Wendy in Peter Pan looks out the window with yearning eyes. She represents the transition from a child to an adult when she realizes in Neverland, where Peter lives, that she doesn’t want to stay a child forever. She wants to be a great older sister, a nurturing mother, and a responsible individual.

 

 

 

 

 

 

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In The Hot Chick, Jessica Spencer’s lines are very sentimental. After learning that lots of people don’t like her at the school because she’s spoiled and mean, and that her boyfriend genuinely loves her for who she is, she realizes that she’s been a fool all along.

 

 

 

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In Greek mythology, Aphrodite came to Mount Olympus where the gods lived, when she was about 18.  She’s the most beautiful goddess, and with her awareness of this, often taunted others.  In this picture, with her confident and striking pose, she knows that men desire her and flaunts her body.

In Greek mythology, Aphrodite came to Mount Olympus where the gods lived, when she was about 18. She’s the most beautiful goddess, and with her awareness of this, often taunted others. In this picture, with her confident and striking pose, she knows that men desire her and flaunts her body.

 

Also, Zeus was infamous for his infinite extramarital love affairs with women he found physically appealing.  In one case, as shown here, he came down as a swan to seduce and rape Leda, a young woman who conceded to his lust.

Also, Zeus was infamous for his infinite extramarital love affairs with women he found physically appealing. In one case, as shown here, he came down as a swan to seduce and rape Leda, a young woman who conceded to his lust.

 

 

 

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In John Tucker Must Die, instead of introducing himself further with proper manners, Justin takes the brownies to Kate’s mom and tries to seduce her because she is “so hot,” regardless of their age difference and the inappropriateness of a potential relationship.

 

 

 

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The famous balcony scene in Romeo and Juliet symbolizes their secret fulfillment of their forbidden love.  They embrace very passionately here, but only because it’s night and Juliet’s alone do the couple kiss unabashedly.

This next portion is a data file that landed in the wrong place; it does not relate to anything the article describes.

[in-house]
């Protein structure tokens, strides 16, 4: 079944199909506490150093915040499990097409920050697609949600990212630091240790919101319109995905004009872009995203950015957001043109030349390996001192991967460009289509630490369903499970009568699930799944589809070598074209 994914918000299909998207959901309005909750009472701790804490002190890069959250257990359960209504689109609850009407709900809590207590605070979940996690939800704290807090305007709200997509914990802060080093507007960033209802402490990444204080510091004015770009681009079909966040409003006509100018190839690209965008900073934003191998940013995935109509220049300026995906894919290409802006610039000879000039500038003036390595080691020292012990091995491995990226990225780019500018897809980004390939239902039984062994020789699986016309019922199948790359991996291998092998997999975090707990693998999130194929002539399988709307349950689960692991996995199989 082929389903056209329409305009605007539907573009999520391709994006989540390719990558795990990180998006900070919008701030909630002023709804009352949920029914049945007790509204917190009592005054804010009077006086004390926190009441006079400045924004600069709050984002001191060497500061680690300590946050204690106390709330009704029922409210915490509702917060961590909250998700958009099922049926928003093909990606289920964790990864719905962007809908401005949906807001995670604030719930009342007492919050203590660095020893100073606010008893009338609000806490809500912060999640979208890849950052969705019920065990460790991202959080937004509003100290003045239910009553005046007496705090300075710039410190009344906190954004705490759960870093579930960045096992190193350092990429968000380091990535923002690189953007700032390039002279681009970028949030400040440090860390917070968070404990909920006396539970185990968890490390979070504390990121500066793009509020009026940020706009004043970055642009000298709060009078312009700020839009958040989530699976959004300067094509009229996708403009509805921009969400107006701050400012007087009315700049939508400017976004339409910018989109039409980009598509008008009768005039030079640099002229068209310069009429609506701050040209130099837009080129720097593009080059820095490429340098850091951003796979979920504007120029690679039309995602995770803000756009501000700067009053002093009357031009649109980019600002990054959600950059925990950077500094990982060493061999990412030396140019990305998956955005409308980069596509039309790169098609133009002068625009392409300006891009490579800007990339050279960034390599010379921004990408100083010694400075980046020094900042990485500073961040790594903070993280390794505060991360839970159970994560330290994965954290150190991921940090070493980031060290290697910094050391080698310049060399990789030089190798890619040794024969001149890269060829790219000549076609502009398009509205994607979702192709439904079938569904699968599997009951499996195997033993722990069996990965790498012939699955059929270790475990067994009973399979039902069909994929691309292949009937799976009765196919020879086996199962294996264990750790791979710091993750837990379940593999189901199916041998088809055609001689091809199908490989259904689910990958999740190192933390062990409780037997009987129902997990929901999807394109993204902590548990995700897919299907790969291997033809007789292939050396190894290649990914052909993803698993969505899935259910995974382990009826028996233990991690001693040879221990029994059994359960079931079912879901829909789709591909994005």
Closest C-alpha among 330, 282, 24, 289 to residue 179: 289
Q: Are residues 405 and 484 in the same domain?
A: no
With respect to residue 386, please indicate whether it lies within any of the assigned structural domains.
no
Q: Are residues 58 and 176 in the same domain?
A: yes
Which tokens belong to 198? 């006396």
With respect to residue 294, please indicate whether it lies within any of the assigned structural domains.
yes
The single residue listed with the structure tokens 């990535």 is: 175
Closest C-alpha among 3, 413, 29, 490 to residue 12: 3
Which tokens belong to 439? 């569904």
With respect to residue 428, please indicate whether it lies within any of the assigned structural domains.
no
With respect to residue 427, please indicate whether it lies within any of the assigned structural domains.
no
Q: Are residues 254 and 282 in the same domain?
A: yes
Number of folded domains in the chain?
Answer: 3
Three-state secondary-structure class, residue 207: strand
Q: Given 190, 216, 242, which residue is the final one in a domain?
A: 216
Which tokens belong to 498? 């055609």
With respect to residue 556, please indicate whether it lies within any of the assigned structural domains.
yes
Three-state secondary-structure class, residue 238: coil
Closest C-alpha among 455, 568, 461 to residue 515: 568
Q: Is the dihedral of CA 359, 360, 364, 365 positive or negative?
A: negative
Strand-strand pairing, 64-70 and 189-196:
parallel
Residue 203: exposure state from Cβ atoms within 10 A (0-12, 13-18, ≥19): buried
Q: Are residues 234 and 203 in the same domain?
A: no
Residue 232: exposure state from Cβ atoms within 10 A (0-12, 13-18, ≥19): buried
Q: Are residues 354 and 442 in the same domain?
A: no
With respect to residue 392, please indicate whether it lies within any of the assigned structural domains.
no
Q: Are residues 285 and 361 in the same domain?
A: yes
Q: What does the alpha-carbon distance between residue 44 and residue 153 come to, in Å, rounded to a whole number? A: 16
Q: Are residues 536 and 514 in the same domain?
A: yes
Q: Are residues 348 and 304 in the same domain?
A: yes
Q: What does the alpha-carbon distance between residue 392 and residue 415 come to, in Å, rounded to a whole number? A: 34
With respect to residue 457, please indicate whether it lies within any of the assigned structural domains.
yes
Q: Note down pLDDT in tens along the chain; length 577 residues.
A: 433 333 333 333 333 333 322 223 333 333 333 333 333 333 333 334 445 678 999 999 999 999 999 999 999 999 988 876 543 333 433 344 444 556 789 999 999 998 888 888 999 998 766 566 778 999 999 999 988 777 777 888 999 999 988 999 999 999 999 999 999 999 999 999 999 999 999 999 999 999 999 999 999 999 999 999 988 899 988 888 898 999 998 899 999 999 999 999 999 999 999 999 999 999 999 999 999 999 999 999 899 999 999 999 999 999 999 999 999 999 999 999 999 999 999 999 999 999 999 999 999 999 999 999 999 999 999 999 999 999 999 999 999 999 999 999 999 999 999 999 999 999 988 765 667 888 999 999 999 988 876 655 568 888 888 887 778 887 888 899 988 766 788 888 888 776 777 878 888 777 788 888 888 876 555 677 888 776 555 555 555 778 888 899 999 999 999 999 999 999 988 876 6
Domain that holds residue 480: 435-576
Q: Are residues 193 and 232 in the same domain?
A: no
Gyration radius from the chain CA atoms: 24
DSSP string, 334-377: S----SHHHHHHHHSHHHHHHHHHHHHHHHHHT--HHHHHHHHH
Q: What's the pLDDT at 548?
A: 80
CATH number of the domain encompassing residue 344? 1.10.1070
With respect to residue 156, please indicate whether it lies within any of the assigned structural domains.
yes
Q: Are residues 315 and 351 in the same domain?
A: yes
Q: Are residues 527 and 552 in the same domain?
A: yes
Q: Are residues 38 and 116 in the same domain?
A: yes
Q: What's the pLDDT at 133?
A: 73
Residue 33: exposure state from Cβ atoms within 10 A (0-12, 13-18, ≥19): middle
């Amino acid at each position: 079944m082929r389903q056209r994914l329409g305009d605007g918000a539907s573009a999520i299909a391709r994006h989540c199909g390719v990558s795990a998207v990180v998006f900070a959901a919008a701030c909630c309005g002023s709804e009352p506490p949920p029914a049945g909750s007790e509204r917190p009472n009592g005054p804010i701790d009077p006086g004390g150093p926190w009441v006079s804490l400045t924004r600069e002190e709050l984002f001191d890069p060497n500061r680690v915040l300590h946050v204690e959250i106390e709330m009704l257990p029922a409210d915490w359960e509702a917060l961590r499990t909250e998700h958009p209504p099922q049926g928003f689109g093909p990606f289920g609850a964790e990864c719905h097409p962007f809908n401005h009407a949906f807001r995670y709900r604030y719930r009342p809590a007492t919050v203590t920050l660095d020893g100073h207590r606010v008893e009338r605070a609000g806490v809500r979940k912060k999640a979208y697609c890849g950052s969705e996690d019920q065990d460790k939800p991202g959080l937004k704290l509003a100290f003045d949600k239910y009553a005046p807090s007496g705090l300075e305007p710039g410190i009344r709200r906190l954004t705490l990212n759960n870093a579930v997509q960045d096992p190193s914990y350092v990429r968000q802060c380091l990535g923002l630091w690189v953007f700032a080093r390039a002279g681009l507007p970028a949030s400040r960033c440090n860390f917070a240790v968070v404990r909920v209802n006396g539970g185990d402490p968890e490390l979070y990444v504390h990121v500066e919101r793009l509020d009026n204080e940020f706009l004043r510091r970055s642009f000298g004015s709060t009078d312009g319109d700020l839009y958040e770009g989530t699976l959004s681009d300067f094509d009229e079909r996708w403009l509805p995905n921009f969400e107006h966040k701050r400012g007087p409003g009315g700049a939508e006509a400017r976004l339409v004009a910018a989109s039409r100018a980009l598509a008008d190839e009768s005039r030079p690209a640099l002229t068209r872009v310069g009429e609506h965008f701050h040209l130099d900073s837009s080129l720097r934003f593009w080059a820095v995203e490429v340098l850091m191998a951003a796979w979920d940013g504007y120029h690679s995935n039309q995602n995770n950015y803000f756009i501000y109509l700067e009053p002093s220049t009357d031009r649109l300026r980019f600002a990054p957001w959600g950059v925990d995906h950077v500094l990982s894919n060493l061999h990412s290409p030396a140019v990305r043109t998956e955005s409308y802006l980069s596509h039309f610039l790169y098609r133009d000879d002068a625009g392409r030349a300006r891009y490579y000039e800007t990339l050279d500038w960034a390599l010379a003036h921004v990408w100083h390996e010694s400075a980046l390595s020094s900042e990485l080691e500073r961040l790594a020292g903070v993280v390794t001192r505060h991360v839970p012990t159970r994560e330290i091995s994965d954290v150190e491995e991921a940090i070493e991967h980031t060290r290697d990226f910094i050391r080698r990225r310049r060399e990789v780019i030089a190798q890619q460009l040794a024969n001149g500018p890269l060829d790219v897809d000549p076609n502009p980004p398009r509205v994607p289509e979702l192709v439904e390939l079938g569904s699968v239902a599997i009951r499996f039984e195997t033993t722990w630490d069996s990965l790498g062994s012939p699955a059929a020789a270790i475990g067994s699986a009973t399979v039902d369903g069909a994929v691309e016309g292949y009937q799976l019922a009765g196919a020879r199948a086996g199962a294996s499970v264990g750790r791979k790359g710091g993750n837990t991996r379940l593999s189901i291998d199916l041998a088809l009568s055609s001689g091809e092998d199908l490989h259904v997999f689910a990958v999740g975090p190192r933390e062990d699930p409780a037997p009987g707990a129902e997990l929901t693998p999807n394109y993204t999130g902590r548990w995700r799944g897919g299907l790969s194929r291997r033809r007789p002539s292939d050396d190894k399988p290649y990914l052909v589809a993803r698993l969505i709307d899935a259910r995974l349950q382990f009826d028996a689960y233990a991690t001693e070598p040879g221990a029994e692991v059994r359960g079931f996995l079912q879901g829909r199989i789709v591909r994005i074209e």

The famous balcony scene in Romeo and Juliet symbolizes their secret fulfillment of their forbidden love. They embrace very passionately here, but only because it’s night and Juliet’s alone do the couple kiss unabashedly.

 

 

 

 

 

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In Mean Girls, Regina George the queen-bee of high school is shown kissing another guy apart from her boyfriend, Aaron.  This betrayal reflects how teen movies emphasize our impulsive nature, our indulgence in fantasy without realizing consequences.

In Mean Girls, Regina George the queen-bee of high school is shown kissing another guy apart from her boyfriend, Aaron. This betrayal reflects how teen movies emphasize our impulsive nature, our indulgence in fantasy without realizing consequences.

9:10-9:45: In this clip from Mean Girls, Cady Heron, the newcomer in high school, sabotages the Plastics (teen royalty) at first as a deal with her art friends, but later to become the queen bee herself.  Parents are unsuspecting and don’t know what’s going on until later. 

 

 

 

 

 

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In The Vain Crow, a crow tries to cover himself up with peacock feathers so that he could hide his own black ones.  His arrogant posture—with his head towards the sky—shows how in the story he scorns other crows for their “ugliness” and tries to fit in with the peacocks.  However, the picture ridicules the pretentiousness of the crow by juxtaposing it with a real peacock, which he will never be.  Overall, it shows us that we should accept ourselves.

In The Vain Crow, a crow tries to cover himself up with peacock feathers so that he could hide his own black ones. His arrogant posture—with his head towards the sky—shows how in the story he scorns other crows for their “ugliness” and tries to fit in with the peacocks. However, the picture ridicules the pretentiousness of the crow by juxtaposing it with a real peacock, which he will never be. Overall, it shows us that we should accept ourselves.

 

Website about Maxine Hong Kingston: In the sixth sentence of the third bullet point underneath The Woman Warrior: General, Maxine Hong Kingston discovers who she is by exploring her family’s Chinese ethnicity.  She conveys her process of learning about her background and grasping who she is: in The Woman Warrior, she jumps from legend to present, and to different point of views.

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Regina George from Mean Girls is being “celebrated” as the Queen Bee of the school, like a real royal family or God would be worshipped by the common people. She is elevated above everyone else and is the stereotypical blonde, pretty “ideal” that all girls want to follow.

Regina George from Mean Girls is being “celebrated” as the Queen Bee of the school, like a real royal family or God would be worshipped by the common people. She is elevated above everyone else and is the stereotypical blonde, pretty “ideal” that all girls want to follow.